So Spake Mo...
Perhaps it has happened once to you. Perhaps you
There is a place in the world where that is more true than any other, where the residue of ancient lives is thicker, richer in the dense, dry soil than anywhere else on earth.
At the edge of the Kalahari Desert, this cave extends nearly a mile into the hillside with lives buried in the strata beneath your soles going down 20 feet into the earth.
The murmurs begin at the surface. In the front area of the cave, we find the memory of 1909 homesteader P.E. Bosman, his wife, eleven sons, and three daughters. Here are the flagstones they laid to keep down the dust; here is the crevice in the cave wall where they built a make-shift oven to cook their meals;
here in this corner they stored their food.
Ending 130 feet deep into the cave, even earlier residents left their stories on the walls. Paintings done in ocher, white, and black, along with wall and stone carvings hint at the steady emergence of symbolic thinking and the evolution of ritual which in turn, some suggest, begat that very fundamentally human art…the art of language.
Walk along these cool, dry stone walls back into 1,000 years of painting, 10,000 years of engraving. Pass beyond Bosman’s temporary home. What lies in the 2 million years below and beyond these surface layers?
(c) M Chazan
Because of this dry air you breathe, we can see so much of what was left behind perfectly preserved. We can watch our ancient hominid ancestors divide the cavern’s spaces between the piles of soft plants gathered in their sleeping quarters for their bedding and the tool-making areas where we can watch their technologies evolve from simple flake tools through more sophisticated stone hand axes up through the more refined technologies of bone and wooden arrow points. Alongside these practical tools, we see eggshell beads emerge, decorated water flasks, and finally pottery and animal evidence of a shift away from hunter-gather living to sheepherding.
Layer, by layer, by layer.
Through the dark.
How did they make their lives so far from the sun? How did they shape tools, mend clothing, care for their children in utter darkness?
And here is where Wonderwerk Cave takes on a significance even greater than its 2 million years of archeological history. Wonderwerk Cave holds the oldest evidence of humankind’s controlled use of fire. It dates our ancestors—mostly like Homo erectus—as using fire to cook food at nearly 1 million years ago.
Charred bone fragments from rodents, antelope, and horse-like mammals, along with charred plant matter, and surface fracturing of ironstone, whisper from the depths of the soil of a huge change on the horizon for our ancestors. The technology of fire brought safety from predators, the ability for groups to set up long-term camps in caves such as this one, safety from severe cold, and modest protection from insects. Cooked food offered a form a pre-digestion that allow greater use of nutrients for non-digestive functions—such as fueling our increasingly creative brains and larger bodies. It is during this time our ancestors also developed smaller digestive tracts and molars, leading some anthropologists to believe that the evolution of our ancestors’ very bodies may have been molded by this new technology.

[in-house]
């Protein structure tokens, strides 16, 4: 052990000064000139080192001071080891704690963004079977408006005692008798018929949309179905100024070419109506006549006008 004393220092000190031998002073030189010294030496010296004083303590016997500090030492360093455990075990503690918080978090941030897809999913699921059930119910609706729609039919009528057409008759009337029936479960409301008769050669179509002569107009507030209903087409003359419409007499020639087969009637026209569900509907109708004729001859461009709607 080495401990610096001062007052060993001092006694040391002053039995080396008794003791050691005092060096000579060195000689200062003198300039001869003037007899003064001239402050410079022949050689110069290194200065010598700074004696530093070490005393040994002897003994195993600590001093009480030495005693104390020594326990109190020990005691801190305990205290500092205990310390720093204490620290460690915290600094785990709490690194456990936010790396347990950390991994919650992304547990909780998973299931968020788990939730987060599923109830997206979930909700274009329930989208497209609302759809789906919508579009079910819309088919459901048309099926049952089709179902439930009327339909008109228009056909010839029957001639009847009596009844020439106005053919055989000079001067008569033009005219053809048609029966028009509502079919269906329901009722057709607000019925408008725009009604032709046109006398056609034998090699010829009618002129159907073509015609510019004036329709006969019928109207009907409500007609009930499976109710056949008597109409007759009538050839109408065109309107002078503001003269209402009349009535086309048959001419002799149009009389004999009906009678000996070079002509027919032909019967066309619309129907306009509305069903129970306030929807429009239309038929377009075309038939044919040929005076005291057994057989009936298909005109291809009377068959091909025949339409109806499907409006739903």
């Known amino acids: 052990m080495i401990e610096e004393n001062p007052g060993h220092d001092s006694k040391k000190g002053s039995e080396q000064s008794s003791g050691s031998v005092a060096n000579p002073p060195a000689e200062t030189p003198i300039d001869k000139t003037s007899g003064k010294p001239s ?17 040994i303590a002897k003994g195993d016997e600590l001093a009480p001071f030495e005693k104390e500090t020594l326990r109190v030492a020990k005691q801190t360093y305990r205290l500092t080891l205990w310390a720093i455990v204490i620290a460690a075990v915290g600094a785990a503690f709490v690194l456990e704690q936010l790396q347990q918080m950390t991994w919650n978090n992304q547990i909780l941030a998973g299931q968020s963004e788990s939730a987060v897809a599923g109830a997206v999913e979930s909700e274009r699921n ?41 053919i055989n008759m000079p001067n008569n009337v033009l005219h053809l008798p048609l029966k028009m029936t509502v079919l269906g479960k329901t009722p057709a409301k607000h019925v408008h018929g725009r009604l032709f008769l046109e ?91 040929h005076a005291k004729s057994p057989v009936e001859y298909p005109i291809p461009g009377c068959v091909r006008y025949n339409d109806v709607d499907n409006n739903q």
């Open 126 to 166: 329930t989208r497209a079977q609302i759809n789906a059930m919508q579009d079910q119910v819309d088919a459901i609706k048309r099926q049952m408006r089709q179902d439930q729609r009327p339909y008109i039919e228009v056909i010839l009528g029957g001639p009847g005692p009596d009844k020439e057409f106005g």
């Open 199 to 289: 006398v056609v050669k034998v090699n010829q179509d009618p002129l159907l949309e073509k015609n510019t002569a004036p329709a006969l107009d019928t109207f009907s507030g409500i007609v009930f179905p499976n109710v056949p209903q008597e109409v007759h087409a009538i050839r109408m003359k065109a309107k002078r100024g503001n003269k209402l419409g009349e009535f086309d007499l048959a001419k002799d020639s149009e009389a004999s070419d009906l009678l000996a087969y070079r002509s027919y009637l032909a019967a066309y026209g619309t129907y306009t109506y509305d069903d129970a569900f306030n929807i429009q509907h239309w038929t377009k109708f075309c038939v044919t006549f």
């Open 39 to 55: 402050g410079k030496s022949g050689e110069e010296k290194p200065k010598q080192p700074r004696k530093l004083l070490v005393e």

But there is something else a little less tangible that fire gave us as a species: a center, a place to gather and come home to. While we sat around the campfire, we evolved something more than bigger brains and smaller stomachs. We evolved our humanity. With time spent around the campfire came an evolution in social dynamic, ritual, language, an ever-increasing encyclopedia of group knowledge and custom. We passed along our wisdom; we stretched our creativity; we created the stories that defined us as a people.
And through these stories we became a people.
(c) Paula Reedyk
"The control of fire would have been a major turning point in human evolution. The impact of cooking food is well documented, but the impact of control over fire would have touched all elements of human society,” said Michael Chazan of the University of Toronto, one of the researchers at the Wonderwerk site.
"Socializing around a camp fire might actually be an essential aspect of
what makes us human."
So Spake Me...
There is something magical about a campfire. Beyond the warmth and the light which are so welcoming in the cold, dangerous uncertainty of night, there is something about watching the hypnotic dance of the flame transform a simple piece of wood into something other: smoke, ash, and neat cubes of coals.
Food cooked over those flames tastes different somehow, brighter, more distinctive. Is that the elemental heat of the fire or the patience in tending it on the spit, the stick, or in a small foil packet at the edge of the coals?
Stories and songs mean more there, shared so closely in that pocket of light. The flicker of flame across faces deepens the mystery, enlivens the emotions. The day is done, the soul is settled, and the words, the notes are meant for this select company alone. After they are sounded, they settle into the flame, swirl up through the light and the heat-warped air, and take their place in the forever of the stars.
May you make a moment tonight and remember the magic.
The Story of Place